Planning your blog posts

Hey Paul! Any advice on how to plan your blogposts?


Blogging is hard. There is no doubt about it. It requires you to be committed, organised and have a very thick skin. However, equally there is no better way to promote your business, improve search engine rankings and demonstrate your expertise.

When I first read Jon’s question I had a look at what I have written in the past on the subject of blogging. It turns out that I have written quite a lot over the years. So instead of repeating myself, I am going to take various pieces of advice from those other posts and bring them together here.

So here we go in no particular order…

A good blog post should be a dialogue

The most successful blogs are more than a broadcast tool. They are a dialogue between the individuals within your organisation and your users.

You should be encouraging users to contribute to your blog through comments and constructive criticism.

A blog post is not a press release

As the name implies a press releases is meant for professional journalists. It is designed to encourage journalists to write about your product or service. It is not designed for your customers. A blog on the other hand is meant to be read by prospective and existing customers.

Keep the end user in mind

When writing a blog post you should always have the end reader in mind. What will they learn? What insight will this give them into who we are? How will it help build our relationship with the reader?

Make it personal

People don’t like, trust or want to work with corporations. We associated those feelings with individuals, not companies. It is therefore important that a corporate blog is about the people within your organisation, not the organisation itself. Your blog should focus on different people and the role they perform with your company. They should be able to demonstrate some of their personality as well as share their expertise.

Keep it short. Keep it scannable

With so many blogs online you need to make your posts stand out from the crowd. Always ensure users can get the gist of what you are saying by just scanning the post. This can be achieved using a number of techniques…
  • Summarise a post at the beginning and in the title. Don’t leave users guessing what the subject is.
  • Be controversial to grab users attention.
  • Use headings as a way of grabbing attention and summarising content.
  • Use images to break up the copy and communicate key points.

Do not feel all of your posts need to be an essay. Short posts that propose a question or draw the readers attention to another site are just as engaging. Anything that is of value to the user is worth posting.

Vary the style of post

Remember that there are lots of different types of blog posts. It is easy to get stuck into one type of blogging and that can seriously limit potential subject matter.

My post entitled Successful Company Blogging lists a number of post types you might wish to consider.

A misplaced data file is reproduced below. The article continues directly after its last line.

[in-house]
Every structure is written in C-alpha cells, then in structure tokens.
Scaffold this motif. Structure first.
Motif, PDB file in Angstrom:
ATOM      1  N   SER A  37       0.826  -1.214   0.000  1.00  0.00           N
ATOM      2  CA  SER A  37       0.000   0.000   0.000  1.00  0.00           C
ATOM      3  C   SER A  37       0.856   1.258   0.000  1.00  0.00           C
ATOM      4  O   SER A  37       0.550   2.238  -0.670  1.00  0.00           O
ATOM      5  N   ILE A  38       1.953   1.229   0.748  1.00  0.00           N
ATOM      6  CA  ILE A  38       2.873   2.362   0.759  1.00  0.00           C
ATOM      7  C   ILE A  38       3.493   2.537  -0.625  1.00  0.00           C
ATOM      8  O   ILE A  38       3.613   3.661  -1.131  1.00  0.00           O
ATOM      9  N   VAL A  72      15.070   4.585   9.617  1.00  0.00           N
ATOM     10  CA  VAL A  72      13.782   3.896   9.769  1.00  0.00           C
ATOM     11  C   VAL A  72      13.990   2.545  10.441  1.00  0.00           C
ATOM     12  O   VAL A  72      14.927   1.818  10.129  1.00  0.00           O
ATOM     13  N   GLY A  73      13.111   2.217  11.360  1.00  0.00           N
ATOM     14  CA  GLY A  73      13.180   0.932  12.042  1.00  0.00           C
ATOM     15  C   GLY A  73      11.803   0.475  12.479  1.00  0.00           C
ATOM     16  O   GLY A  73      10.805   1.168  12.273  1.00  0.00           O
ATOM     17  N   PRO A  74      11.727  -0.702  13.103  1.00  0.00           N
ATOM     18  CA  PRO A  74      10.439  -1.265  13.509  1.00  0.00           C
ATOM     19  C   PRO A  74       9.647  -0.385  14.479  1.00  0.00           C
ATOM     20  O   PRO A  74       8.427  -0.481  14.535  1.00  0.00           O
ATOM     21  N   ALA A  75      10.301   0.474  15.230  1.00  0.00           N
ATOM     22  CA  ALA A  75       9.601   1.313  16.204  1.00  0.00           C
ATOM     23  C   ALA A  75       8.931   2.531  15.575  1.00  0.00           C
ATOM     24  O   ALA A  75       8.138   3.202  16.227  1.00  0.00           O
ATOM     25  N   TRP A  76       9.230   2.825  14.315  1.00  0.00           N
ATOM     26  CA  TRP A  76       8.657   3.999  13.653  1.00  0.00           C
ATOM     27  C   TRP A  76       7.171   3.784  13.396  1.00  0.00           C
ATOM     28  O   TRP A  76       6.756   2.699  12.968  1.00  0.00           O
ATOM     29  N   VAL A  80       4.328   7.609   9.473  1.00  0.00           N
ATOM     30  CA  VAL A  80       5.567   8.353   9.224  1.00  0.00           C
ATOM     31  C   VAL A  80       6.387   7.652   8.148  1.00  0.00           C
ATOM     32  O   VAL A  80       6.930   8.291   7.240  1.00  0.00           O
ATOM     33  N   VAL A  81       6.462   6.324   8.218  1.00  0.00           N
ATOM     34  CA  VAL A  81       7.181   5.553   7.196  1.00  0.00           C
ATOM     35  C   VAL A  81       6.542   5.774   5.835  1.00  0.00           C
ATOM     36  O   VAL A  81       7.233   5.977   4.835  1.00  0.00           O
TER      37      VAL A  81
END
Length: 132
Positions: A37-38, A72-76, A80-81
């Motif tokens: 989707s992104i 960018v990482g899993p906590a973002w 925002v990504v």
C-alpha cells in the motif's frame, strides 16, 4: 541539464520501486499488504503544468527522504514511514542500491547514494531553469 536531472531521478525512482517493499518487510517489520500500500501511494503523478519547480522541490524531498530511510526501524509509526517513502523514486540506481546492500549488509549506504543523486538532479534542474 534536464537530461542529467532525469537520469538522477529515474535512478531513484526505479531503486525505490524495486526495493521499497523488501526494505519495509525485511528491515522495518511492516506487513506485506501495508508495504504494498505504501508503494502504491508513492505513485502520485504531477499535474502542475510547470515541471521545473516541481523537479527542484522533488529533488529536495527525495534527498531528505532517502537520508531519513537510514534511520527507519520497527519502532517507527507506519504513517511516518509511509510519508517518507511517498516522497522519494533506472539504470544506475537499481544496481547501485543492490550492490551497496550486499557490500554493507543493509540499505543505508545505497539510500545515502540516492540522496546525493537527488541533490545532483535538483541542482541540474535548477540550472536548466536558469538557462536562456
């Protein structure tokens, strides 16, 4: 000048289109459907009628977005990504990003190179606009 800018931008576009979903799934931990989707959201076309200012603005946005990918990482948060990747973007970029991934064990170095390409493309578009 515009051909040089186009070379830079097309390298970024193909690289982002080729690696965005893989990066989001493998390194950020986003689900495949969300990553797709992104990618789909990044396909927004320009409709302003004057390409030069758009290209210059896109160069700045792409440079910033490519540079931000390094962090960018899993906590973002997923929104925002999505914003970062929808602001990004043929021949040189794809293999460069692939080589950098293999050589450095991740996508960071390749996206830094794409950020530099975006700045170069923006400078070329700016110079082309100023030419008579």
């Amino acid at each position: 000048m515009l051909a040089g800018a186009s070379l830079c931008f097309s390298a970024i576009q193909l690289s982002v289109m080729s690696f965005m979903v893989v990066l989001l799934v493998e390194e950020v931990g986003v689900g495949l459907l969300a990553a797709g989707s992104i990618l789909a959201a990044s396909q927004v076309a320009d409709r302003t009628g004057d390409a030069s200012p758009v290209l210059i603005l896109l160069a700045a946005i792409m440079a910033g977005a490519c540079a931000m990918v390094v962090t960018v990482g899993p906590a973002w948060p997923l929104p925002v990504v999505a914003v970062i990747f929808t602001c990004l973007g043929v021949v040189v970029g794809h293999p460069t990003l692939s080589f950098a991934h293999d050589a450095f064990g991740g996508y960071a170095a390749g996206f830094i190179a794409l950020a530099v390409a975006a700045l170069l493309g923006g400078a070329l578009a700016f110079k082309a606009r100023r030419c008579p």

Just write. Edit later.

I would highly recommend just writing with no concern for grammar, spelling, or the readability of your post. The initial draft should be about getting your ideas down on paper as quickly as possible.

Or as Ernest Hemingway put it:

Write drunk; edit sober.

More advice

If like Jon you want more help blogging. Why not have a look through the articles I used to put together this post…

“typewriter vector” image courtesy of

  • really, man?

    You lost me when you used “your” instead of “you’re”.

  • Alex Subrizi

    At my company, where my role extends to corporate communications, we’ve been discussing the purpose and importance of our blog for some time. Yes it’s hard, as you point out, to get employees to contribute regularly, and over a five-year period we’re averaging only about 10 posts per year. More significantly, none of those posts has ever generated a relevant, serious comment (there are always spammers that always insert a URL after some bland bit of praise).

    So the question we are asking ourselves as we try to revitalize our blog is whether the lack of comments equates to a (near) total lack of interest in our blog, and whether this might be addressed by more frequent posting or more high quality posts. Having to choose between these last two, which ranks higher in your view?

    And yes, I agree that you could fix that “your > you’re” typo. It’s the first word of your fourth point. Having your ideas thrown out by a reader because of a spelling or punctuation mistake is short-sighted, I agree. But forgoing the chance to correct an error once it’s pointed out is odd. For those with an eye for such things, errors interrupt the flow of discourse: call it a harsh truth about written communication. Proofreaders have jobs for this reason. You didn’t “lose me”, I kept reading, and enjoyed and shared your post. But I find it strange that, once the error is pointed out, it remain uncorrected.